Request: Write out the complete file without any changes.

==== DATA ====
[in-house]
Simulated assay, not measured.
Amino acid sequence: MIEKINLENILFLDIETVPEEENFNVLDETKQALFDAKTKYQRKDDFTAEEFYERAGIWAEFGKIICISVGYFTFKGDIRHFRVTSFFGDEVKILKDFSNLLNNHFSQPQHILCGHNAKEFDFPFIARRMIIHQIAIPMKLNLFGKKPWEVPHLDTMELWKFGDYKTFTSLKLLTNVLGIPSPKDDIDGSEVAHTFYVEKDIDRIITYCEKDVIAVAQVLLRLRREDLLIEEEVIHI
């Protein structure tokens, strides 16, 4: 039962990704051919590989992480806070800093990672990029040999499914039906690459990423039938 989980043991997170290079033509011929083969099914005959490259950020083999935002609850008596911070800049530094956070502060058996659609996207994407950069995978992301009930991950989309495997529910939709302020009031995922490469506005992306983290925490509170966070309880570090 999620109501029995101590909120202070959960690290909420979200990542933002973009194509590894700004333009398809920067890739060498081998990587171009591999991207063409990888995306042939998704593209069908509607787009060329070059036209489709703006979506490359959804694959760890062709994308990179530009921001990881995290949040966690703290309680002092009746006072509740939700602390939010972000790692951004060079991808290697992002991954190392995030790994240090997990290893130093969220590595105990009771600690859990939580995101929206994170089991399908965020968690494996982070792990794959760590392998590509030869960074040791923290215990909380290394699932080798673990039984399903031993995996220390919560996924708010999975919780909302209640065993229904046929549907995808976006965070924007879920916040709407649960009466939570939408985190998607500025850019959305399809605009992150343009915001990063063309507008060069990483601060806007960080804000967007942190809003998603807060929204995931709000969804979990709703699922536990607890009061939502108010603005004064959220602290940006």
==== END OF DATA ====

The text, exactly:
[in-house]
Simulated assay, not measured.
Amino acid sequence: MIEKINLENILFLDIETVPEEENFNVLDETKQALFDAKTKYQRKDDFTAEEFYERAGIWAEFGKIICISVGYFTFKGDIRHFRVTSFFGDEVKILKDFSNLLNNHFSQPQHILCGHNAKEFDFPFIARRMIIHQIAIPMKLNLFGKKPWEVPHLDTMELWKFGDYKTFTSLKLLTNVLGIPSPKDDIDGSEVAHTFYVEKDIDRIITYCEKDVIAVAQVLLRLRREDLLIEEEVIHI
């Protein structure tokens, strides 16, 4: 039962990704051919590989992480806070800093990672990029040999499914039906690459990423039938 989980043991997170290079033509011929083969099914005959490259950020083999935002609850008596911070800049530094956070502060058996659609996207994407950069995978992301009930991950989309495997529910939709302020009031995922490469506005992306983290925490509170966070309880570090 999620109501029995101590909120202070959960690290909420979200990542933002973009194509590894700004333009398809920067890739060498081998990587171009591999991207063409990888995306042939998704593209069908509607787009060329070059036209489709703006979506490359959804694959760890062709994308990179530009921001990881995290949040966690703290309680002092009746006072509740939700602390939010972000790692951004060079991808290697992002991954190392995030790994240090997990290893130093969220590595105990009771600690859990939580995101929206994170089991399908965020968690494996982070792990794959760590392998590509030869960074040791923290215990909380290394699932080798673990039984399903031993995996220390919560996924708010999975919780909302209640065993229904046929549907995808976006965070924007879920916040709407649960009466939570939408985190998607500025850019959305399809605009992150343009915001990063063309507008060069990483601060806007960080804000967007942190809003998603807060929204995931709000969804979990709703699922536990607890009061939502108010603005004064959220602290940006």